Brookmeyer’s treatment of Duke Ellington’s It Don’t Mean A Thing (If It Ain’t Got That Swing) begins like the founding of Rome, and then Brookmeyer plungers into the marrow of the message. If there is indeed a vocalized essence of jazz instrumental playing – and I believe there is – it is pungently projected in Brookmeyer’s solo. The first trumpet solo is by the crisp, underestimated Nick Travis. The second burst is by Ernie Royal. The driving alto saxophonist is Gene Quill, currently an enlivening member of the Gerry Mulligan big band.
Mellow Drama is a long ballad composition. The mood is dark and the message would not have been unfamiliar to Edgar Allan Poe. The incisively fresh interpretation Out of Nowhere is brisker and is introduced by Brookmeyer. Gene Quill explodes on alto, and the blaring trumpet solo is by Ray Copeland. The concluding Darn That Dream is broodingly lyrical. The urgent, muted trumpet solo is by Ray Copeland and the open-hearted sequel is by Irving “Marky” Markowitz.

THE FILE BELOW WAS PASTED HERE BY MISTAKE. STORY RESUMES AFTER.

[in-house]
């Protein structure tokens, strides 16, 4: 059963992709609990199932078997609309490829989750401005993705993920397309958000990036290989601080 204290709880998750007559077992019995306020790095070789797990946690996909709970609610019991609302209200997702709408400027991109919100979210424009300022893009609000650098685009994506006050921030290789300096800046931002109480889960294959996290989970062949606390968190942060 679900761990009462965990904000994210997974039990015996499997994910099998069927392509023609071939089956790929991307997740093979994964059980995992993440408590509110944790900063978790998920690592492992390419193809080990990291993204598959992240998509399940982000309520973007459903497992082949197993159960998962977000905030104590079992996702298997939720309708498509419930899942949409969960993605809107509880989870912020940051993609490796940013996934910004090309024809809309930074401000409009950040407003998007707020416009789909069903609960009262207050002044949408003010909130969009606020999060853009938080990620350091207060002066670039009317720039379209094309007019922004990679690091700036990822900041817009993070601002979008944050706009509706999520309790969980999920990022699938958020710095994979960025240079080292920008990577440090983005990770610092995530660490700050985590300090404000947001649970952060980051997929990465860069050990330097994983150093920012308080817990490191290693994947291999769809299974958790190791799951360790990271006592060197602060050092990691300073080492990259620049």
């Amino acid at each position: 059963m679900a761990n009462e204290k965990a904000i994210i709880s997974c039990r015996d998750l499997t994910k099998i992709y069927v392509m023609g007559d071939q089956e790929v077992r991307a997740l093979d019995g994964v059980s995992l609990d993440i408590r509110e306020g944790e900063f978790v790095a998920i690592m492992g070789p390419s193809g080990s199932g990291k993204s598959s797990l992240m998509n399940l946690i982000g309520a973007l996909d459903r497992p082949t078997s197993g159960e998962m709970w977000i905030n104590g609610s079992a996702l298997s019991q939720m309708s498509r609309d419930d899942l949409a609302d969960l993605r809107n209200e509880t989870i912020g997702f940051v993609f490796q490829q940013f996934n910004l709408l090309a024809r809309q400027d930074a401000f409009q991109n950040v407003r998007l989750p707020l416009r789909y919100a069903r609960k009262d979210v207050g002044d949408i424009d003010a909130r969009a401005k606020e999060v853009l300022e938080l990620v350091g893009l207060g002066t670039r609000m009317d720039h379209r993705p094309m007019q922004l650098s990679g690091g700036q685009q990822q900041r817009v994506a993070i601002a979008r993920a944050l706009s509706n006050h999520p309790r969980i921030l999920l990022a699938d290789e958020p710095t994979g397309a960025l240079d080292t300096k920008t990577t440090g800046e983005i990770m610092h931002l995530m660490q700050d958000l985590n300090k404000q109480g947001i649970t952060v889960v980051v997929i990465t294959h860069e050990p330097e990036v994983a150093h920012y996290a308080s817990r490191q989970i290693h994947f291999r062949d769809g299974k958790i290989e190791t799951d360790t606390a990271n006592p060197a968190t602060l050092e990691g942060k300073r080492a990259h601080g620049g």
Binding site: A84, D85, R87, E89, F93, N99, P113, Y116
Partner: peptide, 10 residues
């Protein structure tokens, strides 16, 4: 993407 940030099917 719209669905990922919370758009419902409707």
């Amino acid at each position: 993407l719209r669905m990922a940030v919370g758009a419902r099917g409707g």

This album, I hope, will aid considerably in the re-evaluation of the Ambrose Bierce of the trombonists. Brookmeyer has the capacity to be one of the most ecbt of all jazz writers. The Blues Suite, for instance, is stripped clean of frills. It is a thoroughly unpretentious, but deeply felt piece. Similarly, the other arrangements are vigorously personal, often sharply edged in their humor, and always logically developed.
After a term of commercial writing in New York, Brookmeyer is now a key member of the Gerry Mulligan band. He has become one of that unit’s most enthusiastic writers and one of its most invaluable soloists. As this album indicates, Brookmeyer has a good deal to say as a writer, and he says it with trenchant economy and directness. This is indeed a Portrait Of The Artist as sketched by himself.
-- Nat Hentoff